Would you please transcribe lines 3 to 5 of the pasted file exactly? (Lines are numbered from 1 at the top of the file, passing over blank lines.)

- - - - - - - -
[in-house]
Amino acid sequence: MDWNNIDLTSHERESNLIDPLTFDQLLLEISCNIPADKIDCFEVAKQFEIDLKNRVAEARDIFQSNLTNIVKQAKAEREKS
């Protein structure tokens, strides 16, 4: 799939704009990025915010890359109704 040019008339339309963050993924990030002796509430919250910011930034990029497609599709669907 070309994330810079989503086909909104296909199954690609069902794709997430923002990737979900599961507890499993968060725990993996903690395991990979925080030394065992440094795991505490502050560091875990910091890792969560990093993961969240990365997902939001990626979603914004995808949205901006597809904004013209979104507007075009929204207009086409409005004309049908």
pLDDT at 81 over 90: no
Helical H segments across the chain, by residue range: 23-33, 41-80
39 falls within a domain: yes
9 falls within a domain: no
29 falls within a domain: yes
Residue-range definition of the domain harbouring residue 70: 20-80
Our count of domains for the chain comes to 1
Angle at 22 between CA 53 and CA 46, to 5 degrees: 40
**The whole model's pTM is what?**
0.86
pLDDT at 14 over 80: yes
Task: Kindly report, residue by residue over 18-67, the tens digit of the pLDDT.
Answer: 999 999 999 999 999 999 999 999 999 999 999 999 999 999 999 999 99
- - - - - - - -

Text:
């Protein structure tokens, strides 16, 4: 799939704009990025915010890359109704 040019008339339309963050993924990030002796509430919250910011930034990029497609599709669907 070309994330810079989503086909909104296909199954690609069902794709997430923002990737979900599961507890499993968060725990993996903690395991990979925080030394065992440094795991505490502050560091875990910091890792969560990093993961969240990365997902939001990626979603914004995808949205901006597809904004013209979104507007075009929204207009086409409005004309049908």
pLDDT at 81 over 90: no
Helical H segments across the chain, by residue range: 23-33, 41-80